Truck Transportation in OregonOctober 27, 2020 Oregon’s truck transportation industry leveled off in 2016, averaging 18,800 jobs, ending a six-year, post-Great Recession growth spurt. The industry’s employment held steady in 2017, rose by 100 in 2018, and again in 2019 to reach 19,000 jobs. At its 2006 pre-Great Recession peak, truck transportation averaged 19,700 jobs before falling 3,200 jobs or 16 percent by 2010.
Truck transportation payrolls also peaked in 2006 at $820 million. By 2009, truck transportation payrolls dropped to $671 million, a loss of $149 million or 18 percent. Payrolls rose to $1.042 billion in 2019, an increase of $222 million or 27.1 percent since 2006. CPI-adjusted for inflation, truck transportation’s 2006 payroll totaled $1.040 billion, slightly below (-0.2%) its most recent 2019 payroll total.
On a regional basis, the Portland tri-county area, which is composed of Clackamas, Multnomah, and Washington counties, experienced a deeper job loss, falling from 9,800 in 2006 to 7,900 in 2010, down 1,900 or 19 percent.
Outside the Portland tri-county area, truck transportation peaked at roughly the same level, with just over 9,700 jobs in 2006. However, job losses were less severe, with employment falling by around 1,300 or 14 percent to average 8,400 in 2010.
Oregon’s truck transportation industry started adding back jobs in 2011, with the Portland tri-county area reaching 9,100 jobs in 2018, an increase of 1,200. The Portland area’s employment rose by 200 jobs in 2019 to reach 9,300. Outside of Portland, the rest of Oregon performed slightly better, adding 1,400 jobs to reach 9,800 in 2016, an increase of 100 over its 2006 peak. Employment outside of Portland dropped slightly in 2017 and held steady in 2018 with 9,700 jobs. The balance of state cut 100 jobs in 2019, falling to 9,600, representing 51 percent of Oregon’s total.
Based on 2006 employment levels, Portland’s tri-county area comprised half of Oregon’s truck transportation industry. Moving forward to 2019, its share fell slightly to 49 percent, a difference of about 500 jobs.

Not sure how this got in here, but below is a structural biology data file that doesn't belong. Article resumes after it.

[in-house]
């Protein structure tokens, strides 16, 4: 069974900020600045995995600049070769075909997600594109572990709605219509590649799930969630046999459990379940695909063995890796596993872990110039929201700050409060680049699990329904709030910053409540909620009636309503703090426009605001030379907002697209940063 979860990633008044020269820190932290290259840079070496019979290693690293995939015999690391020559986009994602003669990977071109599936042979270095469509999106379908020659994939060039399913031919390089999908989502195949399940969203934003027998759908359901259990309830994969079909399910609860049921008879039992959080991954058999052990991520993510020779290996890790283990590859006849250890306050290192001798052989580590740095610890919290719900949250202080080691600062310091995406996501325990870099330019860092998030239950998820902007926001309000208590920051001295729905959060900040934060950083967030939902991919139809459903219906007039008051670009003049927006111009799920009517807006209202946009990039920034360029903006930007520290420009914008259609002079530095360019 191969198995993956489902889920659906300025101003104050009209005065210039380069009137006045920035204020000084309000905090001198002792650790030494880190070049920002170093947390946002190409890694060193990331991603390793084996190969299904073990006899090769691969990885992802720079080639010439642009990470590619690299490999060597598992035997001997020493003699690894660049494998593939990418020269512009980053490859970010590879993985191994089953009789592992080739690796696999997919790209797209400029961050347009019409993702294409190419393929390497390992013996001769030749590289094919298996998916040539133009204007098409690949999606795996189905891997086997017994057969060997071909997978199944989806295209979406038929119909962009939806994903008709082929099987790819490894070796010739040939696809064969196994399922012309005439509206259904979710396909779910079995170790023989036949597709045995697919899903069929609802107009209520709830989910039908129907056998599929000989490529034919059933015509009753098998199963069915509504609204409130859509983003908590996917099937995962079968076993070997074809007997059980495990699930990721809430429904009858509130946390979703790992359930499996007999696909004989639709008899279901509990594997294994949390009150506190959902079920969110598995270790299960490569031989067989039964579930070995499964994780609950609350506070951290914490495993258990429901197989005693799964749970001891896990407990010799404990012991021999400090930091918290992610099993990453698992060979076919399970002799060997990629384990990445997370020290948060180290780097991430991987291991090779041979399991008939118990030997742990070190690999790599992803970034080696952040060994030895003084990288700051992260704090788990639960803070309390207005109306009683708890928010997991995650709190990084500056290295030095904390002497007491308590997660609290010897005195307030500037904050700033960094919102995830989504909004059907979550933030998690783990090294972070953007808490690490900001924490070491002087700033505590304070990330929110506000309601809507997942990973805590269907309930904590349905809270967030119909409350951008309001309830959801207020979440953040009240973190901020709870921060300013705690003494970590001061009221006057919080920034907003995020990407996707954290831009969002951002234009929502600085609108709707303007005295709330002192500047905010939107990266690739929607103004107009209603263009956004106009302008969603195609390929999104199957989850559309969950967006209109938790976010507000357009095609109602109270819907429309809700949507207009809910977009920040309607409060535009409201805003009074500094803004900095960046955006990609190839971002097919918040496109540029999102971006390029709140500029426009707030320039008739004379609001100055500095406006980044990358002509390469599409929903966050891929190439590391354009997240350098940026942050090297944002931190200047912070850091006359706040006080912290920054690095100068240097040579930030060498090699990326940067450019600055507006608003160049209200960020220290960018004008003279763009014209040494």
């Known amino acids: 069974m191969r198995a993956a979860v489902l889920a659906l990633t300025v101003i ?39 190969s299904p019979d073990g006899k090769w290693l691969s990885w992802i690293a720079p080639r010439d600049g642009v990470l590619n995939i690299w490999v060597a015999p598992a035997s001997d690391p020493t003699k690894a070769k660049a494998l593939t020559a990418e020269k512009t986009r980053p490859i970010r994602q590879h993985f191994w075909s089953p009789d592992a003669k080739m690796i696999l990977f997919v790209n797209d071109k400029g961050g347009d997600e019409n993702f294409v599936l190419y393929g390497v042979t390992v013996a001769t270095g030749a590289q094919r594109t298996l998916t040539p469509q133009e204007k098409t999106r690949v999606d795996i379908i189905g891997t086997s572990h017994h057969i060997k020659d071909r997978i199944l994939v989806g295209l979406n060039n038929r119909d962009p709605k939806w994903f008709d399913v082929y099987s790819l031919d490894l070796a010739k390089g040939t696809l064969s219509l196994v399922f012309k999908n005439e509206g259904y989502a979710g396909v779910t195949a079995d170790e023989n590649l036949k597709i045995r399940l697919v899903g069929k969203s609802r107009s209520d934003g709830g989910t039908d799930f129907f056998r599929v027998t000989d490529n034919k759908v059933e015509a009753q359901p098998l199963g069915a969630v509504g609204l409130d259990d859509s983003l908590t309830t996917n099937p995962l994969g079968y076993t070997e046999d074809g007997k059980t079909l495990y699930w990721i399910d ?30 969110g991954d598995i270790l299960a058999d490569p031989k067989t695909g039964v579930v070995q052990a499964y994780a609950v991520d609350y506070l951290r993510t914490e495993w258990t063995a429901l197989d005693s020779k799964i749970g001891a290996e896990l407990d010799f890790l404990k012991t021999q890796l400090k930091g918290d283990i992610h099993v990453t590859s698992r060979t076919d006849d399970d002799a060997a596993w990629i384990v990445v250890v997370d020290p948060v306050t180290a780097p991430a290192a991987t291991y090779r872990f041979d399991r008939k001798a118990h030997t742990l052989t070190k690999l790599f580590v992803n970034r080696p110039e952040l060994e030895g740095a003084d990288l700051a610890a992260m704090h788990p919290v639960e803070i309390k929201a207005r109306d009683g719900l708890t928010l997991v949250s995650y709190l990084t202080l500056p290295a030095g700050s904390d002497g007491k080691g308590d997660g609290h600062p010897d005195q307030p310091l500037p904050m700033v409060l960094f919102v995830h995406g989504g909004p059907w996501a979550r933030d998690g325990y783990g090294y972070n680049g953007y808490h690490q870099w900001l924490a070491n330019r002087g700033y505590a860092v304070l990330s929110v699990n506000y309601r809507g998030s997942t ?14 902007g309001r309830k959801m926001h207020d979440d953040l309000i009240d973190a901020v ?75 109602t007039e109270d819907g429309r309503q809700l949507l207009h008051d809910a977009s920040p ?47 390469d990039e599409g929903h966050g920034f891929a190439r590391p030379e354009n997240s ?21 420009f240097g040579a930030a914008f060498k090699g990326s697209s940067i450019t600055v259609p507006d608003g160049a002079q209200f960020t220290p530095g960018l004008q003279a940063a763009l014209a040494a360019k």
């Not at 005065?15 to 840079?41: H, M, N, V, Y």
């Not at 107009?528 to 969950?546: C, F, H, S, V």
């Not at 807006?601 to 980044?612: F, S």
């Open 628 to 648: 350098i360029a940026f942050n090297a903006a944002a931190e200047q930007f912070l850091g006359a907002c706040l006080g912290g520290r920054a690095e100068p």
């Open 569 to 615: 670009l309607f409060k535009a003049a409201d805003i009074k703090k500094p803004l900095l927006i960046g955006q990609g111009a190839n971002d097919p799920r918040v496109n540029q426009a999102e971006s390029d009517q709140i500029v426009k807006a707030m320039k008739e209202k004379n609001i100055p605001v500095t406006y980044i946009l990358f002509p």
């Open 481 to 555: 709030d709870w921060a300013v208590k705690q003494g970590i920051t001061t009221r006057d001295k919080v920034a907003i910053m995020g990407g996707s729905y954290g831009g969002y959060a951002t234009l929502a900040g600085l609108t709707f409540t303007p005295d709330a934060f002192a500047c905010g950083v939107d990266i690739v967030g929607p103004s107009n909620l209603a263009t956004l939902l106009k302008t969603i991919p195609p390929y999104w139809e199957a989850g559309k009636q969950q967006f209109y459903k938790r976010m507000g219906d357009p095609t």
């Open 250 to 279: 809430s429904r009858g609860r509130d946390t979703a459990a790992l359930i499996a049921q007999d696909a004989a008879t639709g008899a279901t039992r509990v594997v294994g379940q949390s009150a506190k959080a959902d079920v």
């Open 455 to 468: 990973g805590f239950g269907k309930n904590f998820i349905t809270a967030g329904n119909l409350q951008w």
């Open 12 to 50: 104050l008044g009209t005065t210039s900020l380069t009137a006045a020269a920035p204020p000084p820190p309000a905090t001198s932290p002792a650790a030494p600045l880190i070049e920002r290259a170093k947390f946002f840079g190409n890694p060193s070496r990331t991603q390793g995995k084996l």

General Freight and Specialized Freight
Within truck transportation, the two primary industry sub-groups are general freight and specialized freight. General freight establishments handle a wide variety of commodities, generally palletized and transported in a container or van trailer. The establishments found in specialized freight are primarily engaged in the transportation of freight which, because of size, weight, shape, or other inherent characteristics, requires specialized equipment, such as flatbeds, tankers, or refrigerated trailers.
General freight employed 12,700 in 2019, about 67 percent of the truck transportation total, while specialized freight provided 6,200 jobs or 33 percent. To regain its 2006 peak, general freight needs an additional 600 jobs, while specialized held its own at 6,200.
The Portland-metro area (Multnomah and Washington counties) and Clackamas County commanded the lion’s share of general freight jobs in 2006 with about 7,300 or 55 percent of Oregon’s total. In 2019, the Portland tri-county area averaged 6,600 or 52 percent of general freight’s jobs.
The Portland tri-county area’s specialized freight industry averaged about 2,600 jobs in 2019, surpassing its 2006 pre-Great Recession peak by 100 but falling about 100 jobs shy of its more recent 2016 peak. The Portland area held 42 percent of specialized freight’s jobs in 2019.
Outside the Portland tri-county area, 2019 results were mixed, with general freight falling 100 jobs below its 2016 peak to average 6,000 jobs. Specialized freight held steady in 2019 with 3,600 jobs, 100 below its 2006 peak.
Truck transportation workers were predominantly white, representing 91 percent of the industry’s employment by race in 2019. Across all industries, whites represented about 87 percent of Oregon’s total employment.
Truck transportation workers were heavily concentrated in the 45 to 54 and 55 to 64 age groups, which together represented 51 percent of the industry’s total employment in 2019. Across all industries, workers in these age groups represented a much smaller share of Oregon’s employment, at 37 percent. The 25 to 34 age group represented 22 percent of all Oregon workers, while the share in truck transportation was about 16 percent.
Looking at educational attainment, 34 percent of Oregon’s truck transportation workers (aged 25 or older) completed high school in 2019 but 14 percent did not. Together, the two groups comprised 48 percent of truck transportation workers. Across all industries, the less than high school group comprised around 11 percent of Oregon’s workers, while the high school group represented 24 percent. Truck transportation workers with training beyond high school or an associate’s degree held 31 percent of its jobs, compared with 29 percent across all Oregon industries. Nearly one out of four Oregon workers aged 25 or older (24%) obtained a bachelor’s degree or higher level of education, while the share in truck transportation was about 15 percent.
Truck transportation averaged about 18,000 jobs over the first nine months of 2020, a loss of 1,000 jobs or 5.3 percent compared with the same nine-month period in 2019. Truck transportation typically hits its seasonal peak in August – and the industry reached 19,300 in 2019, a difference of 1,500 compared with August 2020. Looking at January to September 2020, truck transportation fell to a low-point of 17,400 jobs in May, from a peak of 18,500 in March.